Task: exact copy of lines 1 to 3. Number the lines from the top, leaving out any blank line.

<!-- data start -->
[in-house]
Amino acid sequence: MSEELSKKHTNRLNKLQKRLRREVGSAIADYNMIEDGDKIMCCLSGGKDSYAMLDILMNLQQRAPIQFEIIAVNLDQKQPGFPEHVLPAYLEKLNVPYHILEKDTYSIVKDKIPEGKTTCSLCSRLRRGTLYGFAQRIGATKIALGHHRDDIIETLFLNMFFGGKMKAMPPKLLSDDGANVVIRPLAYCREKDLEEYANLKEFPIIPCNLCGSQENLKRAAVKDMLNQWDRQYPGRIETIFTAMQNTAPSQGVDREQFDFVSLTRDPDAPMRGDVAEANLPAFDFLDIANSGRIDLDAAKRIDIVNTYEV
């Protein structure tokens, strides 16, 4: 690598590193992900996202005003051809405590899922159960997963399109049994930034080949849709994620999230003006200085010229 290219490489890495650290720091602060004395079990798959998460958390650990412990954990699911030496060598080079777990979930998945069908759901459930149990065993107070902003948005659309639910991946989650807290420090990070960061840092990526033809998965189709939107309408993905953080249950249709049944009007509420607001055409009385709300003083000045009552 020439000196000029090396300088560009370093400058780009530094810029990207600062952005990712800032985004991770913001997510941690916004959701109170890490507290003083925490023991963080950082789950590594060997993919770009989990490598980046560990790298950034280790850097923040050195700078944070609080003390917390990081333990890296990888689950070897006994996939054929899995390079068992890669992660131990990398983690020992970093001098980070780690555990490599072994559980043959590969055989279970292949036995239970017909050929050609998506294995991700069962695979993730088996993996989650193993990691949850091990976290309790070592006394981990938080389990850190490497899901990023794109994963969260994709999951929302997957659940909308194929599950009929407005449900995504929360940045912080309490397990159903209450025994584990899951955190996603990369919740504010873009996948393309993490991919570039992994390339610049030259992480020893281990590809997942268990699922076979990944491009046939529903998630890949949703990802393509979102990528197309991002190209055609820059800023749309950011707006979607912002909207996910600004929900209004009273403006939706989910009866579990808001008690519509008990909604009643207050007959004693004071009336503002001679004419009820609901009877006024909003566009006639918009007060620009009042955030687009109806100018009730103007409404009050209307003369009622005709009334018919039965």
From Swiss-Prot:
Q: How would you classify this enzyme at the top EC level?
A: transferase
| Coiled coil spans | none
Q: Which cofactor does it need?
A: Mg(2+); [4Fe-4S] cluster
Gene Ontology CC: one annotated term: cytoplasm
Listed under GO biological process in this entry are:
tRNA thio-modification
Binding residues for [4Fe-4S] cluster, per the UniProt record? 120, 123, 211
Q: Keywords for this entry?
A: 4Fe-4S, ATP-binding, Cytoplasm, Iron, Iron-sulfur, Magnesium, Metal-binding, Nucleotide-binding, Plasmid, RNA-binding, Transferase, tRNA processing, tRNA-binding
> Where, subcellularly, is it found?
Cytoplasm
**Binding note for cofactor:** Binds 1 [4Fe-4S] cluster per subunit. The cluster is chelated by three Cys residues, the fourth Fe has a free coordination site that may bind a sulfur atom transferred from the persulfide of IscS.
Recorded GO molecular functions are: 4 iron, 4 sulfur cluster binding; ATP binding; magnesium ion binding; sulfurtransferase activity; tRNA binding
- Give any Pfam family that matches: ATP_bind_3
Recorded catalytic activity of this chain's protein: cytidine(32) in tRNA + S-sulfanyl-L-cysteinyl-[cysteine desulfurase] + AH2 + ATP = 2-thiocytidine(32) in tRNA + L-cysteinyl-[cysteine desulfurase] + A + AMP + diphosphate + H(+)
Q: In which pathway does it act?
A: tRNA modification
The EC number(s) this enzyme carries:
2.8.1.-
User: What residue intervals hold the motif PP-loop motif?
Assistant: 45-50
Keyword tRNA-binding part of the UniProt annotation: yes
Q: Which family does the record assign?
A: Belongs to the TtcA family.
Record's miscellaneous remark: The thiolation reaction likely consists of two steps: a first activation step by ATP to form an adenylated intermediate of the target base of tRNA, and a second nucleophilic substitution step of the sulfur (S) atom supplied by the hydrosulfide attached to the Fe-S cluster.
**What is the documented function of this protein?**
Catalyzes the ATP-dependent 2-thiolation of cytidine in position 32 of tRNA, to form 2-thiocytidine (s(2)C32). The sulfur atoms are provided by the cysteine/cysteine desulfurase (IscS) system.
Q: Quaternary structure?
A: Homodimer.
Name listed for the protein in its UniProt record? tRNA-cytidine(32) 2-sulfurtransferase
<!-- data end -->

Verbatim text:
[in-house]
Amino acid sequence: MSEELSKKHTNRLNKLQKRLRREVGSAIADYNMIEDGDKIMCCLSGGKDSYAMLDILMNLQQRAPIQFEIIAVNLDQKQPGFPEHVLPAYLEKLNVPYHILEKDTYSIVKDKIPEGKTTCSLCSRLRRGTLYGFAQRIGATKIALGHHRDDIIETLFLNMFFGGKMKAMPPKLLSDDGANVVIRPLAYCREKDLEEYANLKEFPIIPCNLCGSQENLKRAAVKDMLNQWDRQYPGRIETIFTAMQNTAPSQGVDREQFDFVSLTRDPDAPMRGDVAEANLPAFDFLDIANSGRIDLDAAKRIDIVNTYEV
């Protein structure tokens, strides 16, 4: 690598590193992900996202005003051809405590899922159960997963399109049994930034080949849709994620999230003006200085010229 290219490489890495650290720091602060004395079990798959998460958390650990412990954990699911030496060598080079777990979930998945069908759901459930149990065993107070902003948005659309639910991946989650807290420090990070960061840092990526033809998965189709939107309408993905953080249950249709049944009007509420607001055409009385709300003083000045009552 020439000196000029090396300088560009370093400058780009530094810029990207600062952005990712800032985004991770913001997510941690916004959701109170890490507290003083925490023991963080950082789950590594060997993919770009989990490598980046560990790298950034280790850097923040050195700078944070609080003390917390990081333990890296990888689950070897006994996939054929899995390079068992890669992660131990990398983690020992970093001098980070780690555990490599072994559980043959590969055989279970292949036995239970017909050929050609998506294995991700069962695979993730088996993996989650193993990691949850091990976290309790070592006394981990938080389990850190490497899901990023794109994963969260994709999951929302997957659940909308194929599950009929407005449900995504929360940045912080309490397990159903209450025994584990899951955190996603990369919740504010873009996948393309993490991919570039992994390339610049030259992480020893281990590809997942268990699922076979990944491009046939529903998630890949949703990802393509979102990528197309991002190209055609820059800023749309950011707006979607912002909207996910600004929900209004009273403006939706989910009866579990808001008690519509008990909604009643207050007959004693004071009336503002001679004419009820609901009877006024909003566009006639918009007060620009009042955030687009109806100018009730103007409404009050209307003369009622005709009334018919039965």